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Every new command is wrapped in a tweet and posted to Twitter. Following the stream is a great way of staying abreast of the latest commands. For the more discerning, there are Twitter accounts for commands that get a minimum of 3 and 10 votes - that way only the great commands get tweeted.
Use your favourite RSS aggregator to stay in touch with the latest commands. There are feeds mirroring the 3 Twitter streams as well as for virtually every other subset (users, tags, functions,…):
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to download latest version of "util", maybe insert a sort if they wont be shown in right order.
curl lists all files on mirror, grep your util, tail -1 will gets the one lists on the bottom and get it with wget
and you quickly know the files you changed
I have a small embedded linux device that I wanted to use for sniffing my external network, but I didn't want to recompile/cross-compile snort for the embedded platform. So I used tcpdump over ssh to pass all the traffic as pcap data to a "normal" Linux system that then takes the pcap data and passes it to snort for processing.
Don't need to pipe the output into rs if you just tell jot to use a null separator character.
Type the command in the terminal and press enter to create the tweet() function. Then run as follows:
tweet MyTwitterAccount "My message goes here"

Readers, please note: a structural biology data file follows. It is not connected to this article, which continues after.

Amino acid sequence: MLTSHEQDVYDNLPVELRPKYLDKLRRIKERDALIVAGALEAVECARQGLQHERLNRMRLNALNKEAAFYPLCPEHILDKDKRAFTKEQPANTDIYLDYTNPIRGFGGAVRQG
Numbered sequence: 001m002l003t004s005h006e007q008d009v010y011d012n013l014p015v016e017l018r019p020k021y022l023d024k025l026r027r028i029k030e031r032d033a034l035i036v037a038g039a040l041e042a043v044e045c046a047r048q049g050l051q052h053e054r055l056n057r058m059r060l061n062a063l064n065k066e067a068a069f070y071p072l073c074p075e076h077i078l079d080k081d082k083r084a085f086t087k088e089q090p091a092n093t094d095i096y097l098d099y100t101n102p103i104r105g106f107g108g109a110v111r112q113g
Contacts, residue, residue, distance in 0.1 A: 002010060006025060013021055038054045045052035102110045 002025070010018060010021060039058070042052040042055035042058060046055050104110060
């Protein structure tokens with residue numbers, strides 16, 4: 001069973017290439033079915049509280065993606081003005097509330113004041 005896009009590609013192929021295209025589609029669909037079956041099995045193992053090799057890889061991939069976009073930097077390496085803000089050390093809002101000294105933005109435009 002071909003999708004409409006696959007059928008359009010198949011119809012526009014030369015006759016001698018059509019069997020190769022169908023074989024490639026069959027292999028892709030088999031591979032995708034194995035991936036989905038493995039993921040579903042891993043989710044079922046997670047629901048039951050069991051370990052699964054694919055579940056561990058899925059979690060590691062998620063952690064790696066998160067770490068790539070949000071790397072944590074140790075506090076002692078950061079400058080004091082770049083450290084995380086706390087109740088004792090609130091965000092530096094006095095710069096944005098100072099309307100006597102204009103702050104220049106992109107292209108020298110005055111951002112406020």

It will prompt you for password. Make sure that you use escape "\" character in message for showing varialbles or markup.
This create an array 'a' with wole lines. only one occurrence of each line - Not Get lines ++ !
First look into /etc/modules if you have unionfs (or squashfs) support. If not, add the modules. UnionFS combines two filesystems. If there is a need to write a file, /tmp/unioncache will be used to write files (first create that directory). Reads will be done where the file is found first.
use the locate command to find files on the system and verify they exist (-e) then display each one in full details.
show file withou duplicated lines
Copies a dir structure without the files in it.
Replace 60 with the number of minutes until you want the machine to shut down.
Alternatively give an absolute time in the format hh:mm (shutdown -h 9:30)
Or shutdown right away (shutdown -h now)
man nautilus (1) - the GNOME File Manager
ps But if it hang up, you should kill it with -9 of couse
-p will preserve the file mode, ownership, and timestamps
-r will copy files recursively
also, if you want to keep symlinks in addition to the above: use the -a/--archive option
This will download a Youtube playlist and mostly anything http://code.google.com/apis/youtube/2.0/reference.html#Video_Feeds
The files will be saved by $id.flv
It's the same like 'cp -p' if available. It's faster over networks than scp. If you have to copy gigs of data you could also use netcat and the tar -z option in conjunction -- on the receiving end do:
# nc -l 7000 | tar -xzvpf -
...and on the sending end do:
# tar -czf - * | nc otherhost 7000
This will allow you to watch as matches occur in real-time. To filter out only ACCEPT, DROP, LOG..etc, then run the following command: watch 'iptables -nvL | grep -v "0 0" && grep "ACCEPT"' The -v is used to do an inverted filter. ie. NOT "0 0"